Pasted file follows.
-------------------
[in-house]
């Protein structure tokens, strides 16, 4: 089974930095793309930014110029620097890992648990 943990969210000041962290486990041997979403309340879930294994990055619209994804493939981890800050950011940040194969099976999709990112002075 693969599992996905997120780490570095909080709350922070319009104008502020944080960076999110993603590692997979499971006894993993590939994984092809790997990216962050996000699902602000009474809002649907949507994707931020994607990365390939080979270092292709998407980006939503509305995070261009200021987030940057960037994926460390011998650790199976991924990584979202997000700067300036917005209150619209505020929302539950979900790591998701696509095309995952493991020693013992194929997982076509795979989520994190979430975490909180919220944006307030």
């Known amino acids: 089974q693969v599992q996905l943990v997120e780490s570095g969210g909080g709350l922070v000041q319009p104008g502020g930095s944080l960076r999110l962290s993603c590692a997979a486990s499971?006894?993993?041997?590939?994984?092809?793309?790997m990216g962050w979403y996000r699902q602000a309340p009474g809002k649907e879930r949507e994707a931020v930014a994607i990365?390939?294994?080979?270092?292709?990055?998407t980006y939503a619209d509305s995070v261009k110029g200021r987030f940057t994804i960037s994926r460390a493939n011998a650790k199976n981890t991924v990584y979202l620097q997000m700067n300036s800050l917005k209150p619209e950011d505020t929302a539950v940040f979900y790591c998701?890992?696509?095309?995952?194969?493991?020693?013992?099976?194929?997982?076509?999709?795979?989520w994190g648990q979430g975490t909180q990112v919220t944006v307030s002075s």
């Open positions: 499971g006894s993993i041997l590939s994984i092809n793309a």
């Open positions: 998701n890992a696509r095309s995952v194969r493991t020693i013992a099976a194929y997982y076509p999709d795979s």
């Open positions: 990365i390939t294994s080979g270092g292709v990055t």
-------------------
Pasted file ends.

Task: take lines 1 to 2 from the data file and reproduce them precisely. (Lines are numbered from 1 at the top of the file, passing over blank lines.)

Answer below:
[in-house]
């Protein structure tokens, strides 16, 4: 089974930095793309930014110029620097890992648990 943990969210000041962290486990041997979403309340879930294994990055619209994804493939981890800050950011940040194969099976999709990112002075 693969599992996905997120780490570095909080709350922070319009104008502020944080960076999110993603590692997979499971006894993993590939994984092809790997990216962050996000699902602000009474809002649907949507994707931020994607990365390939080979270092292709998407980006939503509305995070261009200021987030940057960037994926460390011998650790199976991924990584979202997000700067300036917005209150619209505020929302539950979900790591998701696509095309995952493991020693013992194929997982076509795979989520994190979430975490909180919220944006307030």